It's an insult to perfectly secure modern foreign airports that the US requires these ridiculous redundant security checks. Just last week I flew from Shanghai (China) to Seoul (Korea) and then to Seattle. When we got to Seoul we disembarked the plane in a secure area, went to the transfer area (still secure) and had to go through screening all over again. This seems silly; any transfer from any flight inside of the US doesn't require this step as long as you are still in a secured area. Does this mean the TSA doesn't think Korea can secure their airport? That seems like an insult.
But to make matters worse, there was a *separate* security check after we got our ticket checked but before we entered the Jetway to the plane to Seattle. But it wasn't so much a security check as it was a line of checkers making people open bags (where they dug around a bit, but not a lot) and each checker asked if we had any lighters. When asked about the two extra levels of security checks, the answer was always "US Flight."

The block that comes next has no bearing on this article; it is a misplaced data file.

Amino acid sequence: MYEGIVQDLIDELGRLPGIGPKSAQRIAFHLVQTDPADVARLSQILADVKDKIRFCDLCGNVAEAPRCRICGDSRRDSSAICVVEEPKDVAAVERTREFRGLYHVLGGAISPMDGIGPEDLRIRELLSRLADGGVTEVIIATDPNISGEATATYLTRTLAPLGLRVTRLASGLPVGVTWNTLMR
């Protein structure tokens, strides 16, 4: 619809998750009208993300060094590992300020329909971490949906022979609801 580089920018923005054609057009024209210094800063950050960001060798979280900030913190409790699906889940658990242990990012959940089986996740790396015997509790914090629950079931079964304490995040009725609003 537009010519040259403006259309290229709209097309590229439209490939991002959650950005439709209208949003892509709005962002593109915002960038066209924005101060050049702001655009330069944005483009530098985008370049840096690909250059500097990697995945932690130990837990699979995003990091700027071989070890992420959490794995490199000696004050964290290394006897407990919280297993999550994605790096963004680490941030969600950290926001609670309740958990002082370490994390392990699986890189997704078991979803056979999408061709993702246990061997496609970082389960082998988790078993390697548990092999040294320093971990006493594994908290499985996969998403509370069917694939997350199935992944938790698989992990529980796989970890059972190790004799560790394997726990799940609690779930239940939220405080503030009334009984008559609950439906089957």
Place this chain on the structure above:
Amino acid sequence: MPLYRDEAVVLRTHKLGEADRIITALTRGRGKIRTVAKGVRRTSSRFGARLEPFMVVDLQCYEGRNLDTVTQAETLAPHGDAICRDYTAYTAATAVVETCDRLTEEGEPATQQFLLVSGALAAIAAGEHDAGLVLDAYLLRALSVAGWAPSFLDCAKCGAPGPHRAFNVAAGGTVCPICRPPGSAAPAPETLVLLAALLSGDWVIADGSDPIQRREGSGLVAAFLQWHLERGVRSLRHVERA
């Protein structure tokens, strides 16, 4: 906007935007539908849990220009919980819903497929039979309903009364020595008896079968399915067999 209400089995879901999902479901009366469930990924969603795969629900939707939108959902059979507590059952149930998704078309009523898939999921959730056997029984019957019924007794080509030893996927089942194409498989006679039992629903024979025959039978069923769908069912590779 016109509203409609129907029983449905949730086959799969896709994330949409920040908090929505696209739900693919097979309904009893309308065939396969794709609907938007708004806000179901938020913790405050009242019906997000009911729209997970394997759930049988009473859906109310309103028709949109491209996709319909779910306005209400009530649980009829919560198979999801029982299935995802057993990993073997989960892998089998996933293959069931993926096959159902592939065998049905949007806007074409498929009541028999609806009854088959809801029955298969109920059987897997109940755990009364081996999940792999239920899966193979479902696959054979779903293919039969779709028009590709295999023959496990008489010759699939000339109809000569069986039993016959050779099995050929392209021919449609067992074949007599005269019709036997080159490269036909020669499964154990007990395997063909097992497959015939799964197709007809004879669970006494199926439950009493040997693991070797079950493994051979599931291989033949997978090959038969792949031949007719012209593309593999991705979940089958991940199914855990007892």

a) Why is there a security check in a secured area?
b) What is the point of the *second* security check before you get on the plane that doesn't really accomplish anything anyways?
I don't get it; it's insulting to other countries and costs way too much money. And I'm convinced we are paying for it with US tax dollars.
A single proper security check is be sufficient. Then, you're either in a secured area or you aren't. Maybe there are a handful of airports in the world that can't guarantee security of their "secured area," but the shiny modern airport in Seoul (Incheon) is not one of them (especially considering it also serves as a military airport!)